Director: Jonathan Demme
Stars: Juanita Brown, Roberta Collins, Barbara Steele
A girl is caught in a drug bust and sent to the hoosegow. The iron-handed superintendent takes exception to a skit performed by the girls and takes punitive steps, aided by the sadistic doctor who is doing illegal electroshock experiments and raping drugged prisoners. After a while the prisoners put away their petty differences and plan the Big Prison Escape
This was one of the films that I had intended to a video review on as many consider Caged Heat to be a vital entry into the Women in Prison genre. I don’t know about “vital,” but it certainly has its own following. However, this movie is such a confusing mess of random happenings and abortive and stunted story threads that I really was at a loss as to what clips to include in a video. So, sorry to say, the written word will have to suffice for this film.
Caged Heat is yet another of those Roger Corman produced Women in Prison films. What makes this one any different from the loads of others? Perhaps because it was directed by Oscar Winner Jonathan Demme (The Silence of the Lambs, Philadelphia), In fact a LOT of noteworthy and admired directors got their starts working for Corman – Francis Ford Coopola, Martin Scorsese, Peter Bogdonavich and James Cameron just to name a few. Caged Heat was Jonathan Demme’s directorial debut, follwed by another Corman epic Crazy Mama the following year – but that series of films is for another day. Caged Heat does have the feel of a visionary director that would most likely be taking off someday. It certainly has the stank of an overeager film student who, perhaps, watched far too many Federico Fellini films. While Caged Heat doesn’t have any of the straight-forward sentimentality that Demme would later express with The Silence of the Lambs or Philadelphia I suppose every director has to start somewhere… right?
This is an obvious exploitation film and has no business being taken seriously as a women in prison film. The first clue of this is the fact that no women in this prison wear uniforms, they wear whatever they want to wear. Heck, one lady is even wearing a goddamn neckerchief that matches her blouse. This isn’t a lax prison either – the women are put through the usual living hells of inmates, abusive guards and extreme punishments that are, by now, familiar necessities of the women in prison genre. However there is no real semblance of a story. For the longest time there are just casual occurrences, lackadaisical attempts at character development and the strangest damn dream sequences I’ve ever seen – well that I’ve ever seen in a women in prison film – a genre that has so far been void of dream sequences. One gal dreams about a guard groping her through the bars while she waves a butcher knife around, another dreams about orgies in the hallway and then the pope comes by for no reason, even the prison superintendent gets in on the dream action with her own theatrical fantasies preaching the evils of sex. Really, these dream sequences serve very little purpose. Most of them establish the fact that “these women are bothered by the fact that they’re in prison,” which is unnecessary since EVER OTHER scene in this movie is about how much these girls dislike prison. The superintendent’s dream develops some character – but it’s nothing that’s not repeated time and time again in every scene she’s in.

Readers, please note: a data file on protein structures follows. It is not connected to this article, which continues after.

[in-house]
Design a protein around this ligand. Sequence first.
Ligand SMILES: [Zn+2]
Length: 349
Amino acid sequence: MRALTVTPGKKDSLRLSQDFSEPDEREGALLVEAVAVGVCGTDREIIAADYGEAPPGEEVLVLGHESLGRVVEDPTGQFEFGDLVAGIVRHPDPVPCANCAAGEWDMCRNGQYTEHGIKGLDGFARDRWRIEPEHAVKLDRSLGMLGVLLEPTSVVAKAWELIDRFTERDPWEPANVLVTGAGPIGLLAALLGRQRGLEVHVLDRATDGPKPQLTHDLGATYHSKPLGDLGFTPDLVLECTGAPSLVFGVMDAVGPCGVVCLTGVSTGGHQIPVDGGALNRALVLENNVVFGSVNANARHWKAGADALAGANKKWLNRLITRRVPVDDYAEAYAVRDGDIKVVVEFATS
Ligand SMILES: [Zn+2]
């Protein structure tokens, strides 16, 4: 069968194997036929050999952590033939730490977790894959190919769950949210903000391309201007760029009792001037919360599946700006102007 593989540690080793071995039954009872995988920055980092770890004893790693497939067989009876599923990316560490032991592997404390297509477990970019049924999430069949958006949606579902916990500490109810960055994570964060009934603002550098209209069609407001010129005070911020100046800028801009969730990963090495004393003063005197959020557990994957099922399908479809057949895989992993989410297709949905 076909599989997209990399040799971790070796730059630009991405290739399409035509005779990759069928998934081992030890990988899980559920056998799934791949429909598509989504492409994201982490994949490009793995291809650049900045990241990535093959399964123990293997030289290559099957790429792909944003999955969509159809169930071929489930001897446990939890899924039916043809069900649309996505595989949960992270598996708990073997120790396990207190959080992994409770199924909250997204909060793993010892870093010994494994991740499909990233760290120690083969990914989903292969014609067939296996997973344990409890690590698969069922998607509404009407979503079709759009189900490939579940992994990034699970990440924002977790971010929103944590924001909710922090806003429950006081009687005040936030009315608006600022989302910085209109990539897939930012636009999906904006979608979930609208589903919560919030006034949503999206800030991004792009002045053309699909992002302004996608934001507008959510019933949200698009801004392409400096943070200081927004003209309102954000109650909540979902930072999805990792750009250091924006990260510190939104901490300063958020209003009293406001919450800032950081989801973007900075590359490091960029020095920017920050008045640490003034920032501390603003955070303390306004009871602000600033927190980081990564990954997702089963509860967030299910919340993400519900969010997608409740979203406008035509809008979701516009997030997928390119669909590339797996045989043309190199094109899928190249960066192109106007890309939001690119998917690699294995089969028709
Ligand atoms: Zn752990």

One of the highlights in the first confusing half of this film is a little stage show put on by two of the inmates. They dress in drag, complete with wigs and fake beards and put on some little vaudevillian skits. Some of their “vulgar” little dialogues brought a smile to by bitter and jaded soul.
“What do you get for the girl that has everything?”
“I didn’t have sex with my wife until we were married. How about you?”
“I don’t know, what’s your wife’s name?”
Yeah it’s a fun diversion that, in other film, I would nitpick for being unnecessary. However, with Caged Heat there is nothing going on at all other than portrayals of the daily life of crazy women in a crazy prison, so if this scene is supposed to be a diversion, what is it diverting from? In fact, the superintendent, a crippled woman with one of the angriest faces and dispositions I’ve seen, takes a great moral offense at this show and punishes the two girls for their foul sense of humor. This is a sort of background and impetuses for other random events that follow. So the funny little vaudeville show isn’t useless filler after all
Some of the girls break out of prison. There’s a bank robbery some prostitution, a bunch of boring and poorly acted dialogue. It’s entertaining enough exploitation in small doses – like sketch comedy; all the fun of a women in prison film without having to bother with the meat of a story or anything like that. Like I said before, as long as no attempt is made to take this movie seriously because it clearly was not made with a serious state of mind. If you’re having a serious fix for a women in prison film than this will suffice if you can’t find anything better – though that’s a bit like giving a heroine addict some Tylenol to help them get by. This film really only serves as passing entertainment for completionists you aim to see every women in prison film ever made.